Bungie and Ubisoft sue Destiny cheat makers


The players of fate run on the moon.

Image: Bungie

Bungie and Ubisoft recently filed a lawsuit against people they claim are using Ring-1, a website that makes and sells cheats for various games such as Destiny 2, PUBG, and Rainbow Six Siege… Both companies claim a variety of wrongs, including copyright infringement, and are claiming potentially hundreds of thousands of dollars in compensation for damages and site closures.

As noted TorrentFreak earlier this weekThe lawsuit was filed in California District Court on July 23. Bungie and Ubisoft said the lawsuit, which ccan be seen here TorrentFreakthat Ring-1 “… has caused and continues to cause enormous and irreparable damage to Plaintiffs and their business interests.” As stated in the lawsuit, these cheats, which are sold on Ring-1, can ruin the “experience” of playing online games. The lawsuit also mentions that “… cheaters illegally receive and thereby devalue game rewards that non-cheaters legally receive.”

Ubisoft claims in the lawsuit that these cheats could also trigger Rainbow Six Siege players get discouraged and stop playing, which may “disrupt R6S communities and make the game dry up and die. ” In addition, both companies claim that Ring-1 and those who operate it “trade in circumvention devices in violation of the DMCA.”

The lawsuit lists several individuals that the gaming companies claim to operate, maintain, or have direct ties to Ring-1 and its fraudulent business. Among the named defendants is Jonathan Aguedo (Overpowered)., Andrew Thorpe (Crypto), Libam Mohammed (Grizzly) and Ahmad Mohammed. The lawsuit also mentions a variety of other people associated with Ring-1 who are either not specifically named or are listed only by their online usernames. Bungie and Ubisoft plan to amend the lawsuit when and if companies can trace the true identities of these people.

A man with a hammer in tactical gear, like in R6 Siege.


Image: Ubisoft

The cheats sold on Ring-1 are quite expensive, with some Destiny 2 cheats like aiming cost players € 30 (about $ 35) per week, or double that per month. It is believed that the sellers and creators of cheats can make hundreds of thousands of dollars in profit by selling these cheats.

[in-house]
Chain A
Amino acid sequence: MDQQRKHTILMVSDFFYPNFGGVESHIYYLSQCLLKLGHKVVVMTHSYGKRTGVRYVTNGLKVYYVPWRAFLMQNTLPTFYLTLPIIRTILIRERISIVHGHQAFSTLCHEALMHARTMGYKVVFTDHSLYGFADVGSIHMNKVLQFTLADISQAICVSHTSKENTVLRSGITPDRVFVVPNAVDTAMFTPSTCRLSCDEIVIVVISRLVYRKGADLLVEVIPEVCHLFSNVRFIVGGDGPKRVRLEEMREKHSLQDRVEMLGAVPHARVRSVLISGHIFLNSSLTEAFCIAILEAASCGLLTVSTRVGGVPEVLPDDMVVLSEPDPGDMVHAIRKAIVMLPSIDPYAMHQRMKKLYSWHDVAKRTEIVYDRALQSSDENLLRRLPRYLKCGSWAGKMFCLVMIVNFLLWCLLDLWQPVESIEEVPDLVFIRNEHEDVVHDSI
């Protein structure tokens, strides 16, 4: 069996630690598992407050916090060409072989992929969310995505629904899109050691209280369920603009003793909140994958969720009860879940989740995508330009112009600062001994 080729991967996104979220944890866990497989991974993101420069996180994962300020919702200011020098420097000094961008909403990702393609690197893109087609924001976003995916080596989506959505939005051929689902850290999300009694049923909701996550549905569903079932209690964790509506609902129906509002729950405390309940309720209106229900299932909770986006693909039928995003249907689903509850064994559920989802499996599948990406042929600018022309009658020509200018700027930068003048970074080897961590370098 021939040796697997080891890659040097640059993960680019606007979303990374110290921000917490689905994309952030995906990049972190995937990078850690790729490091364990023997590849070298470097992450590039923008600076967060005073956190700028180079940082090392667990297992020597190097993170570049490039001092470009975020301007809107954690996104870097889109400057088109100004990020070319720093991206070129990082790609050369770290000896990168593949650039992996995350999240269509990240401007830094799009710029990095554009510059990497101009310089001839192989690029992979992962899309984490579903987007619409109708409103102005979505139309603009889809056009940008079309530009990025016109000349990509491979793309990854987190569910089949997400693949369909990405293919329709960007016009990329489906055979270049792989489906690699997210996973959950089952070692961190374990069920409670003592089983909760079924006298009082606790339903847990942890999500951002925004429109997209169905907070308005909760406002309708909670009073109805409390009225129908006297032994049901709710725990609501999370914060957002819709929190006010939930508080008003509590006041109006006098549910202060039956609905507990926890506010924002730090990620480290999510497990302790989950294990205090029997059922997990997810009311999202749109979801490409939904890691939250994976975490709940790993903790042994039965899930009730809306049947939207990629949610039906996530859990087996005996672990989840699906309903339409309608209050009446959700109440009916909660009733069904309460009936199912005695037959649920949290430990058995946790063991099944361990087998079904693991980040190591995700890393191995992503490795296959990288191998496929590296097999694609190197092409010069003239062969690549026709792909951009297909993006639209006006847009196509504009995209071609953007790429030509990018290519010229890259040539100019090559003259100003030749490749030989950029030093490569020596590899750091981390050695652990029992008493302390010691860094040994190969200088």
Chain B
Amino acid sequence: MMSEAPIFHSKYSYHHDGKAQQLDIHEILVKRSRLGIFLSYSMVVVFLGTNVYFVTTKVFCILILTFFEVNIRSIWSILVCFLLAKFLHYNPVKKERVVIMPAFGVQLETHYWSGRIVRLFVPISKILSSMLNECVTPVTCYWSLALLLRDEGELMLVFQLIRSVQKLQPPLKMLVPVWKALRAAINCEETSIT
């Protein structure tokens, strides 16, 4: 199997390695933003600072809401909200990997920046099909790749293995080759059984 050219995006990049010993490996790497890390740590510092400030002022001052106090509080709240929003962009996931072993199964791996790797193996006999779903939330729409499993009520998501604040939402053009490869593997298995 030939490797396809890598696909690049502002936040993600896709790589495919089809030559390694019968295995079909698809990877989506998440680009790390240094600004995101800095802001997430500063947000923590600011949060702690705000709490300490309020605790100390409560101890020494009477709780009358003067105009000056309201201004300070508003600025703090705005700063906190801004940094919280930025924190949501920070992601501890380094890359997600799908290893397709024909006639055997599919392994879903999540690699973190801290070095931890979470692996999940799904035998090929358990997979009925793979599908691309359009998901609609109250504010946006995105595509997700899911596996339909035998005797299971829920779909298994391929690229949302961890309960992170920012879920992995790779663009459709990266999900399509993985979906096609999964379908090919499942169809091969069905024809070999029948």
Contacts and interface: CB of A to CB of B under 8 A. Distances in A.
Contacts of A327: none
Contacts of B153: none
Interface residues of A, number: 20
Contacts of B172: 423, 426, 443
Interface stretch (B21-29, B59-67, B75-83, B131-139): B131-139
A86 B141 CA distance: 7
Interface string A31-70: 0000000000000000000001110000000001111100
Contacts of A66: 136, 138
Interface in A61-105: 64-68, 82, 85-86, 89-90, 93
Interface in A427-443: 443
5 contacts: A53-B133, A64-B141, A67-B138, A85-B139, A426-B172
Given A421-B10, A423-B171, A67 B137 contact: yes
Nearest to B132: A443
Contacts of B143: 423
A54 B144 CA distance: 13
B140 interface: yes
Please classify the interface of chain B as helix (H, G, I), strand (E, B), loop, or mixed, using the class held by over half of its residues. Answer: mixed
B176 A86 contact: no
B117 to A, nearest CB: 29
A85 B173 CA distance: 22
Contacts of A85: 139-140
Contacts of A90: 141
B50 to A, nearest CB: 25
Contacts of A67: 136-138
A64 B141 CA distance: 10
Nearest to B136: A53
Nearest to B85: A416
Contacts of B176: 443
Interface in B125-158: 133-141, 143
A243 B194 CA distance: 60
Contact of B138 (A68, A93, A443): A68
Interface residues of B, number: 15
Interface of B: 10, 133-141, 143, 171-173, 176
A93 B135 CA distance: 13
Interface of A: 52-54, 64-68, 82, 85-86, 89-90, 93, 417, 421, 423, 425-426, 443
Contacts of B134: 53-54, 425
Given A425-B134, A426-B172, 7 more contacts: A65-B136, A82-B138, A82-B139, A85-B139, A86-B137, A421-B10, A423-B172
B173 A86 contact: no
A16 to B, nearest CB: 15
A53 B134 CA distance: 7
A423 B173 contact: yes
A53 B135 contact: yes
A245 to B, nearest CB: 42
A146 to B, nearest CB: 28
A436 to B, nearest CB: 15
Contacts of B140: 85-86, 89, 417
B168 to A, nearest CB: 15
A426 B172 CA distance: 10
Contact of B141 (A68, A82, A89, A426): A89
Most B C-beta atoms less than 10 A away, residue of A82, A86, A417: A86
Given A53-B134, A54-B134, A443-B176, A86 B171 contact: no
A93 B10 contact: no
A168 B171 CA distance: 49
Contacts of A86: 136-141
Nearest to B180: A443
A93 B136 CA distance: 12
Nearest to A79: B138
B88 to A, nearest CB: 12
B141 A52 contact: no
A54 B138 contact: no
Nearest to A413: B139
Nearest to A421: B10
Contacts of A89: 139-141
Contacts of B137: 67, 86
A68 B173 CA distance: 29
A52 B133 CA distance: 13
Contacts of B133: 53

The lawsuit also mentions the unauthorized use of various copyrighted images and trademark logos on the Ring-1 website. (I will not link to it here because I do not want to support cheaters, but I looked at the site and yes, it is pasted on this material. I very much doubt that the people running this site had permission or licenses to use any – either of these images or logos.)

Read more: Destiny 2 Creator Accepts Activision Blizzard Accusations

As a result of all this, Bungie and Ubisoft want the website, all rogue software sold, and all Ring-1 services shut down. The companies also say they are entitled to “monetary compensation, injunctive relief and other remedies, and penalties.”

Or in other words: they want money from these scammers.

This isn’t the first time Bungie or Ubisoft have targeted cheat vendors and producers. Back in October last year, Bungie shut down Fate defraud the site with termination and abstinence… And this January Bungie and Riot Sued Another Site who sold cheat programs for games like Valor and Destiny 2.

Cheat makers keep improving their software and online games and cross-platform games are becoming more and more popularit looks like the war between cheaters, gamers and developers is just beginning. I foresee many more lawsuits and litigation in the future.

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